Concerned about a possible insurgent attack, American officials who brought two reporters to the desert grave site on Saturday, aboard an American military helicopter, insisted the location not be pinpointed. On the flight from the Green Zone command compound in Baghdad to the grave site, the Black Hawk helicopter passed over some of the most hotly contested territory in the war.
There are signs that the victims were hurriedly seized at their homes, possibly at night, and given no time before being taken to their deaths.
The forensic team of Americans, Australians and other nationalities works under heavy guard, wary of attack by insurgents driven by loyalties to Mr. Hussein.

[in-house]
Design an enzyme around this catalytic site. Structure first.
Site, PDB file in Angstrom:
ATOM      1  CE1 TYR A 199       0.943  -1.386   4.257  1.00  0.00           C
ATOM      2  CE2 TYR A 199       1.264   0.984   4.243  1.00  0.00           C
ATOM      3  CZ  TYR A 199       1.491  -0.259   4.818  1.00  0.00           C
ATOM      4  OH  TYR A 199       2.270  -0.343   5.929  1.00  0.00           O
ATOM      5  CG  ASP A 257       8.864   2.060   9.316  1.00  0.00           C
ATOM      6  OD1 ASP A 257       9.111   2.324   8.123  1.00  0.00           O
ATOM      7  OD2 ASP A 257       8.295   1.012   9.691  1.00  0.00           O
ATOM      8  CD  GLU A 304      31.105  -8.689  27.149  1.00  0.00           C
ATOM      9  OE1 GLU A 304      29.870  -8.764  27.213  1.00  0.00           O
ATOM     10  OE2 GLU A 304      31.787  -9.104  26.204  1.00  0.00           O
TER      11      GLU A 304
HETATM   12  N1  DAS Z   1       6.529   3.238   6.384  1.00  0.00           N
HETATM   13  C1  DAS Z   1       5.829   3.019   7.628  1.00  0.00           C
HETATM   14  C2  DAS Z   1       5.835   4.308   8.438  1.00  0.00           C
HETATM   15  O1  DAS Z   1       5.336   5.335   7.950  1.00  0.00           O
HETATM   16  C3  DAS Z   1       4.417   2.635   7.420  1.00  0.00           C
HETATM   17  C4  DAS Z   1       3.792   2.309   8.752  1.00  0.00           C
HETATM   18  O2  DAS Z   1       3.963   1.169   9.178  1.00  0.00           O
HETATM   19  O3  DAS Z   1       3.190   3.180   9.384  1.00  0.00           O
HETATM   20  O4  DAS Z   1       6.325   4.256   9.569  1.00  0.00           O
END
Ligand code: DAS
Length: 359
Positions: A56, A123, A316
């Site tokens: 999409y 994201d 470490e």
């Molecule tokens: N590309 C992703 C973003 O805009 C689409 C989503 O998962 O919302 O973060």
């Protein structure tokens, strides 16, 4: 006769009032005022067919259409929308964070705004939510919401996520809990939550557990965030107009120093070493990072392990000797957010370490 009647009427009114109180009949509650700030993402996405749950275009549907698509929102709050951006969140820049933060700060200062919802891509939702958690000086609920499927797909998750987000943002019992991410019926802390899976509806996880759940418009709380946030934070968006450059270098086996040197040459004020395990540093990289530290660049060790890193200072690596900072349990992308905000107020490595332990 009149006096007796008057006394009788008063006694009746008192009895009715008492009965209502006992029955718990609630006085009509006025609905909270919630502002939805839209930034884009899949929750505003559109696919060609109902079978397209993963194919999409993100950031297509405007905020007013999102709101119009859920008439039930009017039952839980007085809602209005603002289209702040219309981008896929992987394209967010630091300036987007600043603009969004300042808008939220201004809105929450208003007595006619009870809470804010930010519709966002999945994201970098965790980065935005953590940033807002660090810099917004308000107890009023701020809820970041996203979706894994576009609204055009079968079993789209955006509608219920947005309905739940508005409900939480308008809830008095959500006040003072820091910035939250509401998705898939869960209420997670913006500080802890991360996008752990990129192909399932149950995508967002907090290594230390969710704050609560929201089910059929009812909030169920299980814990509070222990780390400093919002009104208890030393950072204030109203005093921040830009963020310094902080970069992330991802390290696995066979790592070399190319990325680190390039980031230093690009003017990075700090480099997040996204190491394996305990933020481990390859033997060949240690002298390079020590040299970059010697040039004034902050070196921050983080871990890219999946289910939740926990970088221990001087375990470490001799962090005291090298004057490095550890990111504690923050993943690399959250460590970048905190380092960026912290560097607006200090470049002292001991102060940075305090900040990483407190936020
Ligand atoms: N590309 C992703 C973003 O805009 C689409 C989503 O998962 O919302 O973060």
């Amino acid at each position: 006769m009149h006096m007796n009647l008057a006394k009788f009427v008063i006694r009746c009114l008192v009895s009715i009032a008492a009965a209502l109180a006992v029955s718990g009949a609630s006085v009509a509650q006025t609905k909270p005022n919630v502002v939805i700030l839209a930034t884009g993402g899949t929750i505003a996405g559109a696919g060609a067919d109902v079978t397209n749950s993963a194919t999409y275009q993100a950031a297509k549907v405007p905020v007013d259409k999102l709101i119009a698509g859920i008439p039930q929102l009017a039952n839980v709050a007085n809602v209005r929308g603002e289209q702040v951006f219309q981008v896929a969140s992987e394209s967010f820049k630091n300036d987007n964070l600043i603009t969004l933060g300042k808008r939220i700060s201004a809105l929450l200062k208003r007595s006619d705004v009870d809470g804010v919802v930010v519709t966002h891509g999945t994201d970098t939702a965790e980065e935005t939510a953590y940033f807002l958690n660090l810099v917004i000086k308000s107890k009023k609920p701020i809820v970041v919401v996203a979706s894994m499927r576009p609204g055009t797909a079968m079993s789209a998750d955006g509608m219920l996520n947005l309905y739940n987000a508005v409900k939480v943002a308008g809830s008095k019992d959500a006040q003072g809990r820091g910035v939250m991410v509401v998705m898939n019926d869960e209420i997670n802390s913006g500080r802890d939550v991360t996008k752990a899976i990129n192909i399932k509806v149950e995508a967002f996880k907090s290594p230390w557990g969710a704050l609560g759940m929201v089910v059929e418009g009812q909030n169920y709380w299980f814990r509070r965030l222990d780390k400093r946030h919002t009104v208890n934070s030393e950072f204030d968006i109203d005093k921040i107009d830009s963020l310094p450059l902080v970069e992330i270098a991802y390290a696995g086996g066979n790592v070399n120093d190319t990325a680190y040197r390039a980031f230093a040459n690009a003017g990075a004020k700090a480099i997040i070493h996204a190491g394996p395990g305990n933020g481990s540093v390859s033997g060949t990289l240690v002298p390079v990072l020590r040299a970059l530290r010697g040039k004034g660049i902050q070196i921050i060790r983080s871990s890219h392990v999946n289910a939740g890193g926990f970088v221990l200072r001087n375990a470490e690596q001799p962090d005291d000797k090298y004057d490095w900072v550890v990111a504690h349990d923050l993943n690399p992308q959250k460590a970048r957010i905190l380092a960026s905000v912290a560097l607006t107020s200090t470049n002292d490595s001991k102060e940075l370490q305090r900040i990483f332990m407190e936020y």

The proximity of the rebel threat here echoes the events of 1991, when Mr. Hussein, in Baghdad, quickly marshaled the death squads that spread out across Iraq’s southern provinces to extinguish the Shiite uprising. Of the 200 mass graves the Iraqi Human Rights Ministry has registered in the three years since the American-led invasion, the majority are in the south. One, at Mahawil, about 50 miles south of Baghdad, is believed to hold as many as 10,000 to 15,000 victims, Mr. Juhi said.
Two other sites, one at Hatra, near Mosul in the north, and another at Muthanna, near the southern city of Samawa, have been exhaustively examined by Mr. Trimble’s team. The remains of more than 300 victims from those locations, killed during the Anfal campaign, are stored in chilled containers at a high-technology laboratory at the Baghdad international airport.